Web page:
The OECD was founded in 1961 to stimulate economic progress and world trade. As noted, the Anti-Bribery Convention requires its parties to criminalize the bribery of foreign public officials in international business transactions.31 As of June 30, 2020, there were 44 parties to the Anti- Bribery Convention. All of these parties are also members of the OECD Working Group on Bribery (Working Group).
The Working Group is responsible for monitoring the implementation of the Anti-Bribery Convention, the 2009 Recommendation of the Council for Further Combating Bribery of Foreign Public Officials in International Business Transactions, and related instruments. Its members meet quarterly to review and monitor implementation of the Anti-Bribery Convention by member states around the world. Each party undergoes periodic peer review.32 This peer review monitoring system is conducted in four phases. The Phase 1 review includes an in-depth assessment of each country’s domestic laws implementing the Convention. The Phase 2 review examines the effectiveness of each country’s laws and anti-bribery efforts. The final phases are permanent cycles of peer review (the first cycle of which is referred to as the Phase 3 review and the next is the Phase 4 review) that evaluate a country’s enforcement actions and results, as well as the country’s efforts to address weaknesses identified during the prior review.33 All of the monitoring reports for the parties to the Convention can be found on the OECD website and can be a useful resource about the foreign bribery laws of the OECD Working Group member countries.34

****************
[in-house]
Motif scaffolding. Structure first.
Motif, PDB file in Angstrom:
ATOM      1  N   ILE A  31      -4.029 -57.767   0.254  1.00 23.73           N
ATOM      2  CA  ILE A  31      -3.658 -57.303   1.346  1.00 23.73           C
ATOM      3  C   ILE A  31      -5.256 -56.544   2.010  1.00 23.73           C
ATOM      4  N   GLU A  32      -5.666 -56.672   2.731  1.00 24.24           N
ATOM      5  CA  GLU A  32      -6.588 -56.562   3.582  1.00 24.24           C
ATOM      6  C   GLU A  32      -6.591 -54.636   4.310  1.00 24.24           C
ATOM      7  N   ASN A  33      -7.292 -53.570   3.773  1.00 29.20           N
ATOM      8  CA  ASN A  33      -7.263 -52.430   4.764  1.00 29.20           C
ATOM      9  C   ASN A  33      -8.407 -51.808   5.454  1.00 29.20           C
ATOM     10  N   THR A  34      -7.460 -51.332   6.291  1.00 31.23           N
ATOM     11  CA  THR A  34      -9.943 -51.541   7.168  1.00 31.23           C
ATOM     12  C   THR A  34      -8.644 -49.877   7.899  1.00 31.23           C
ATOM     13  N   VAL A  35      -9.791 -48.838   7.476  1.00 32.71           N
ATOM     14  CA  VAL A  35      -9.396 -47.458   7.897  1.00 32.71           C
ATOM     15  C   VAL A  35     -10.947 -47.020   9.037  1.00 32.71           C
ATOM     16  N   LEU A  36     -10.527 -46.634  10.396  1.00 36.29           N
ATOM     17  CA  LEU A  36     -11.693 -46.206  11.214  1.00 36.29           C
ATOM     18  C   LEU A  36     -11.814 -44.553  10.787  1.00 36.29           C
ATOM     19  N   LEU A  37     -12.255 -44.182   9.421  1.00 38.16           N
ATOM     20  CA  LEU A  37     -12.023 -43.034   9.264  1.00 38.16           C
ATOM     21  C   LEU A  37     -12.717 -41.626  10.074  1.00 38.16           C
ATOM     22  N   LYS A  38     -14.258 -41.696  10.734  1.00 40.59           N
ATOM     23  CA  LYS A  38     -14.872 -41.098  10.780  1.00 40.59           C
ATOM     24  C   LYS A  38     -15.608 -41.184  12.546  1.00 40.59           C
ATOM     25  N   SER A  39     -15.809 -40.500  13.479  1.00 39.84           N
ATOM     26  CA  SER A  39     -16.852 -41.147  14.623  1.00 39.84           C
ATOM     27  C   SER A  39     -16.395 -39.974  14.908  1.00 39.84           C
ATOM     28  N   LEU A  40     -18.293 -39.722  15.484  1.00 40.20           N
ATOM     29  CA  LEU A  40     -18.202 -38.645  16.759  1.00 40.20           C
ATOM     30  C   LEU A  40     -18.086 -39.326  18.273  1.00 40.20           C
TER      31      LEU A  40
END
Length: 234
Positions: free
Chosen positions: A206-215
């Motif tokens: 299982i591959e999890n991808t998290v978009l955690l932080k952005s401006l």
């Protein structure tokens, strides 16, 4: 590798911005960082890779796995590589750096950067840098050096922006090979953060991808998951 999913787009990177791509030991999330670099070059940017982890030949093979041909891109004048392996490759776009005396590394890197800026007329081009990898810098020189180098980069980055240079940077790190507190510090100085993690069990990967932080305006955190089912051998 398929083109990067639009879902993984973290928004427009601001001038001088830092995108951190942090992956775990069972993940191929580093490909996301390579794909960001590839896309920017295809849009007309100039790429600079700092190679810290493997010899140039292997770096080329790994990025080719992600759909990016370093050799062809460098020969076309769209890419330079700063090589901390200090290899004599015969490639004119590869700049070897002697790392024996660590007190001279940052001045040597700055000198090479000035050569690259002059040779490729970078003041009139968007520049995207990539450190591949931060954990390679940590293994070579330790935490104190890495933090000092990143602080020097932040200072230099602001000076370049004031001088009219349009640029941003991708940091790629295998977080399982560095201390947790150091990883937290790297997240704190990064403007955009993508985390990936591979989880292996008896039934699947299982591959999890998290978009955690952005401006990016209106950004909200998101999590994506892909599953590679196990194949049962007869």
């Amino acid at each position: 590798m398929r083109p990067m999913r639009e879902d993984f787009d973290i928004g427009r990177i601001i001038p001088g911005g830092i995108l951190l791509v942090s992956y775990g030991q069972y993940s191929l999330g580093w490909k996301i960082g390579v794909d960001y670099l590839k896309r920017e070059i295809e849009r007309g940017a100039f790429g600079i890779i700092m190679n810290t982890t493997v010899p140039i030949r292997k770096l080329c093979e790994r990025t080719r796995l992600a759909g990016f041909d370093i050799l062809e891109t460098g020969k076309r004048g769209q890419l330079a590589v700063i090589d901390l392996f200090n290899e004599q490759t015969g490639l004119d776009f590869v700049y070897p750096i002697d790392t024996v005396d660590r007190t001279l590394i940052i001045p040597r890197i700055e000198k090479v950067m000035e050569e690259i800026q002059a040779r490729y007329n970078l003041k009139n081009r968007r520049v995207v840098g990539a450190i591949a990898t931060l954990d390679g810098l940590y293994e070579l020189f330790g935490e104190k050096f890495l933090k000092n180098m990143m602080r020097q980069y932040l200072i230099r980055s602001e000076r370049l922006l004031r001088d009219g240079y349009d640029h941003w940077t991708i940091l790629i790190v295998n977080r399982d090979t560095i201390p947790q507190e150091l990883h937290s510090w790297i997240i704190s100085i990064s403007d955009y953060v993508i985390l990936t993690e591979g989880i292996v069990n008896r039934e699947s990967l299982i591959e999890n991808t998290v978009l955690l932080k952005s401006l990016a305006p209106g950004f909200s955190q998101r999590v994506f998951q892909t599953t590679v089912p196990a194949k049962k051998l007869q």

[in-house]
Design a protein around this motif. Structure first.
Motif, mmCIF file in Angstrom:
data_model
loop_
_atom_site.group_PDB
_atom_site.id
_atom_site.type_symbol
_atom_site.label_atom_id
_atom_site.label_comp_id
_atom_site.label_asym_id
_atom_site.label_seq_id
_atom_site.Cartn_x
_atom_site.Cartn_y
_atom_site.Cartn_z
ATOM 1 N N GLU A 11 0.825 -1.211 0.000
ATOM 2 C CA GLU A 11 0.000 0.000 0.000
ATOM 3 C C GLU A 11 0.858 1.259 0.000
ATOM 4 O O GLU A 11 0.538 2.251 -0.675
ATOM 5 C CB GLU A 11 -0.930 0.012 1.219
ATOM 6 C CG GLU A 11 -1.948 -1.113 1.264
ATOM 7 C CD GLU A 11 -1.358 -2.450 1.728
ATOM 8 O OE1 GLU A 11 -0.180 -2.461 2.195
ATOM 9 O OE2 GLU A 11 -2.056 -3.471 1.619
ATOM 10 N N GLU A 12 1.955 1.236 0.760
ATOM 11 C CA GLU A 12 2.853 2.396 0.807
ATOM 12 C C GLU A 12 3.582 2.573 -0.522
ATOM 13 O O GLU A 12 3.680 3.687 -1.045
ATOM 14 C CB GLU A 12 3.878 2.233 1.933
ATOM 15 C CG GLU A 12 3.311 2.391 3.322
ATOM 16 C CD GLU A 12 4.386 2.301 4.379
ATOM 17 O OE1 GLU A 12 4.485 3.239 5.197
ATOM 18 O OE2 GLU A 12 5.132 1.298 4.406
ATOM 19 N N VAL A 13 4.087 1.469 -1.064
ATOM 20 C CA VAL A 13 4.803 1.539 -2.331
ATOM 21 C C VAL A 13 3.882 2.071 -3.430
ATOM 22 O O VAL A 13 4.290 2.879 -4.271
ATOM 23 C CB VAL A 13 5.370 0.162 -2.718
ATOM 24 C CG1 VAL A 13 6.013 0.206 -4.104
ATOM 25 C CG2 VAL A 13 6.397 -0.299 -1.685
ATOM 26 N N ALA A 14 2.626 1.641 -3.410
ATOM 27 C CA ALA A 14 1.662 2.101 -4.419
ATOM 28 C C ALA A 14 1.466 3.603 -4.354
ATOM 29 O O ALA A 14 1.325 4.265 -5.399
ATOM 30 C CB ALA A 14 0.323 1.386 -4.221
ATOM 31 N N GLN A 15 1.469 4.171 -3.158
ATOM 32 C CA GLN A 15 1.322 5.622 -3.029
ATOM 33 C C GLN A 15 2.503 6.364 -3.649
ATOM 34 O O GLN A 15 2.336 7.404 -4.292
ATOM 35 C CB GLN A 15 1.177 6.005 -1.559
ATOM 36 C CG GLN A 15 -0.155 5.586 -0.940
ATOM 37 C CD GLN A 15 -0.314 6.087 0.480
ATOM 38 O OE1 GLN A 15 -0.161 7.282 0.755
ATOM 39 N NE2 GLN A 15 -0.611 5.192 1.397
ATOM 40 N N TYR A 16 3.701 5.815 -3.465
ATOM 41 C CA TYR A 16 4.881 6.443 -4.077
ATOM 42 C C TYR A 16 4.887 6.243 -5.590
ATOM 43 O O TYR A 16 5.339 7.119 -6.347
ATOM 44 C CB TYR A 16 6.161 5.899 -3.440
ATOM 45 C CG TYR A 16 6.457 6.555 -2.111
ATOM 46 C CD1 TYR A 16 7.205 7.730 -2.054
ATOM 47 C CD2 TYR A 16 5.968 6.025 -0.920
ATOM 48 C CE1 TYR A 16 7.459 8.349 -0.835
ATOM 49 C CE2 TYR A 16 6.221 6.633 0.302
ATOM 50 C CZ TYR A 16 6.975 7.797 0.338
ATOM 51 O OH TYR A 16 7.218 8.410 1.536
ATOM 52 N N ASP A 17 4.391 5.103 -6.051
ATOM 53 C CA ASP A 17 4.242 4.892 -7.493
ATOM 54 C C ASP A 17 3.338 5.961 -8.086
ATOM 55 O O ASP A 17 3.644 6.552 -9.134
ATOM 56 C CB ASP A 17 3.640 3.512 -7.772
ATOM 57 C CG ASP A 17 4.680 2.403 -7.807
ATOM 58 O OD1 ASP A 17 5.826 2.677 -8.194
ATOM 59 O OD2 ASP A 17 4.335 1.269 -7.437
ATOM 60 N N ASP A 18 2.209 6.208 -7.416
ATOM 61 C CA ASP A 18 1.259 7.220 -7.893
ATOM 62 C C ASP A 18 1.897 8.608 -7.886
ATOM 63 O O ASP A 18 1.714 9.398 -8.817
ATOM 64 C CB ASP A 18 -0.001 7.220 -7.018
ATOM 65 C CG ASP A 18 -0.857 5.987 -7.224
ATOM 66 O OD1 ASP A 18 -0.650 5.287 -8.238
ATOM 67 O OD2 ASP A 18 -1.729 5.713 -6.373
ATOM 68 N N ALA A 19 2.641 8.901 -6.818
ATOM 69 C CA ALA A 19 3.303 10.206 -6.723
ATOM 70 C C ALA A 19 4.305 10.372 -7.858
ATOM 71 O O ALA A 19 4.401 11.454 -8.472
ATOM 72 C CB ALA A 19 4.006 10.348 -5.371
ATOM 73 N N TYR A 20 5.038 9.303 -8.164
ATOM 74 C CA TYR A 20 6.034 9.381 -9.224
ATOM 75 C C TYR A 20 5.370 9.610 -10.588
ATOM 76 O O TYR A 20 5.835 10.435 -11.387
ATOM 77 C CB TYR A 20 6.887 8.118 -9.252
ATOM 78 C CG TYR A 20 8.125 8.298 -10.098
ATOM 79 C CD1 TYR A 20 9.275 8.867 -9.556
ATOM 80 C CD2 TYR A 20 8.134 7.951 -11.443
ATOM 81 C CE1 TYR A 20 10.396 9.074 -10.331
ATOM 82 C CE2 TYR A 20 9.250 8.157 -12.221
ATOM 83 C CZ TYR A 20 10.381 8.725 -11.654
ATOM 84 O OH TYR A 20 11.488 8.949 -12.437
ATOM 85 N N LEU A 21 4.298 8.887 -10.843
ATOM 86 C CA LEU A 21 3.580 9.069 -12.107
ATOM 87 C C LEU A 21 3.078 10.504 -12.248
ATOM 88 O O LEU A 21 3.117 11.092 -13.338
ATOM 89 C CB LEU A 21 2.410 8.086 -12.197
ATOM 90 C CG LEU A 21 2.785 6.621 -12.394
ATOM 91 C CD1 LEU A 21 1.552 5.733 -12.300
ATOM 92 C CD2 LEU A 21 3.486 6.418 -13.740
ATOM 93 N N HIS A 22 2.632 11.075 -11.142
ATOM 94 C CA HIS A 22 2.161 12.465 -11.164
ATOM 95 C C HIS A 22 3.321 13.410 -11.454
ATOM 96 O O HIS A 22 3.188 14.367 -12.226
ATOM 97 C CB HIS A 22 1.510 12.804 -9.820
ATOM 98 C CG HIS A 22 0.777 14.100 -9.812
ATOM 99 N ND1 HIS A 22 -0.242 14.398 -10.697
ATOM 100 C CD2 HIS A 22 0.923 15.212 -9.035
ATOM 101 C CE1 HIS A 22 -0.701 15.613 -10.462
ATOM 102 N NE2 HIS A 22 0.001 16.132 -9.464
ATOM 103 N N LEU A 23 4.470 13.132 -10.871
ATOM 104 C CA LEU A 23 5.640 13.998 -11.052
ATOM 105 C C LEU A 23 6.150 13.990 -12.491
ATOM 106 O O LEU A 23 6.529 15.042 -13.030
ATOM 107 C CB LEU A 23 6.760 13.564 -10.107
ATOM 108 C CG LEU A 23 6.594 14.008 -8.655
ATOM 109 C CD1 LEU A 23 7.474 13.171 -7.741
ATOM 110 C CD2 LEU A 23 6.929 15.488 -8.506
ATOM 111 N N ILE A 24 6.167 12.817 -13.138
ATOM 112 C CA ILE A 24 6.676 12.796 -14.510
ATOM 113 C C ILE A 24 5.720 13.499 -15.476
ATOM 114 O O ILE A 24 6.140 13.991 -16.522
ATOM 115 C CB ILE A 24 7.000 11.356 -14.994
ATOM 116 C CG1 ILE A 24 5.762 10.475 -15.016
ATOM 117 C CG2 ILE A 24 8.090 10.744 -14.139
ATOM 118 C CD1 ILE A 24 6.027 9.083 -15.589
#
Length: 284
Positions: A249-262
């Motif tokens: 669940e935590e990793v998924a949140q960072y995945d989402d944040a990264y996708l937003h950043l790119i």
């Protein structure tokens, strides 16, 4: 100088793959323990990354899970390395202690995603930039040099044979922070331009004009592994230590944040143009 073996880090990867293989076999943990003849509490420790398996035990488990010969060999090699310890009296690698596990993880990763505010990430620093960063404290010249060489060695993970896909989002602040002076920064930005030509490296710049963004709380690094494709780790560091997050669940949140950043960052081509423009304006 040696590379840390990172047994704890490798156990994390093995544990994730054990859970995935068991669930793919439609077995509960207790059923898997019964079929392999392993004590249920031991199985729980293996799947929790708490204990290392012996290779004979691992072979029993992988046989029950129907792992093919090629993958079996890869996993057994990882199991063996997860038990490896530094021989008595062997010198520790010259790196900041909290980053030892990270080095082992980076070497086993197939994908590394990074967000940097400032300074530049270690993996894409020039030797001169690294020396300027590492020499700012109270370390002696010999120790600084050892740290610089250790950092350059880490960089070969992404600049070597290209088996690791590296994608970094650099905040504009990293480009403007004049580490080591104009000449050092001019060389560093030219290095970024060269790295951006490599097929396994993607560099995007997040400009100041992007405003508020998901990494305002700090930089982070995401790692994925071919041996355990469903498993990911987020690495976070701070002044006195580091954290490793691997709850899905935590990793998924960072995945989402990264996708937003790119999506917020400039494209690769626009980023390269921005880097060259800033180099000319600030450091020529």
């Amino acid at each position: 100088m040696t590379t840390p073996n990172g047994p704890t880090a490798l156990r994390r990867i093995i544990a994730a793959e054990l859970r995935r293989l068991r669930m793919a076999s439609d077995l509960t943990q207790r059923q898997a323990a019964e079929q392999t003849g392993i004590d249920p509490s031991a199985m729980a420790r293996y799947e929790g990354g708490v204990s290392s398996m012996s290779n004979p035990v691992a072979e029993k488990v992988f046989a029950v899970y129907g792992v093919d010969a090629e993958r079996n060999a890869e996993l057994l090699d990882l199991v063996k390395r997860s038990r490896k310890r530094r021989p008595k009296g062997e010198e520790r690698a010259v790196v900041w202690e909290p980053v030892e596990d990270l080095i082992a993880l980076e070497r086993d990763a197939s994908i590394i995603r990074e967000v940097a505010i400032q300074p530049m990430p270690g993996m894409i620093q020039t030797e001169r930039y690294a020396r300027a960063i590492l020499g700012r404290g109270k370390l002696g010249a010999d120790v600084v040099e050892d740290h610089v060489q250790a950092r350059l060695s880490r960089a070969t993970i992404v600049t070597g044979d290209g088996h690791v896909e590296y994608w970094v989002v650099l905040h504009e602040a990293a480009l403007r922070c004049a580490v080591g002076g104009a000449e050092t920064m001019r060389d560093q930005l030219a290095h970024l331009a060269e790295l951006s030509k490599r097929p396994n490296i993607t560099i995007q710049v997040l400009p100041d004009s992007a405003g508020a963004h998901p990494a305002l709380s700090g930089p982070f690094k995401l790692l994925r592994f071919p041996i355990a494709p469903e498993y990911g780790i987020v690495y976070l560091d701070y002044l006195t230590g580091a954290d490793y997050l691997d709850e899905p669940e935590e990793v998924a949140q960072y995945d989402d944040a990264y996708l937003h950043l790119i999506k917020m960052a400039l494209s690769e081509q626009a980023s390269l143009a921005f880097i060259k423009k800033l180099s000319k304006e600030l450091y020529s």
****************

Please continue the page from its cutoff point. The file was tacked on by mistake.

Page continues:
The reports and appendices for all of the phases of reviews for the United States can be found on DOJ’s and SEC’s websites.35 In its Phase 3 review of the United States, which was completed in October 2010, the Working Group commended U.S. efforts to fight transnational bribery and highlighted a number of best practices developed by the United States. The report also noted areas where the United States’ anti-bribery efforts could be improved, including consolidating publicly available information on the application of the FCPA and enhancing awareness among small and medium-sized companies about the prevention and detection of foreign bribery. Initial publication of this guide was, in part, a response to these Phase 3 recommendations and is intended to help businesses and individuals better understand the FCPA.36
The United States is a state party to the United Nations Convention Against Corruption (UNCAC), which was adopted by the U.N. General Assembly on October 31, 2003, and entered into force on December 14, 2005.37 The United States ratified the UNCAC on October 30, 2006. The UNCAC requires parties to criminalize a wide range of corrupt acts, including domestic and foreign bribery and related offenses such as money laundering and obstruction of justice. The UNCAC also establishes guidelines for the creation of anti-corruption bodies, codes of conduct for public officials, transparent and objective systems of procurement, and enhanced accounting and auditing standards for the private sector. A peer review mechanism assesses the implementation of the UNCAC by parties to the Convention, with a focus in the first round on criminalization and law enforcement as well as international legal cooperation.38 The United States has been reviewed under the Pilot Review Programme, the report of which is available on DOJ’s website. As of June 30, 2020, 187 countries were parties to the UNCAC.39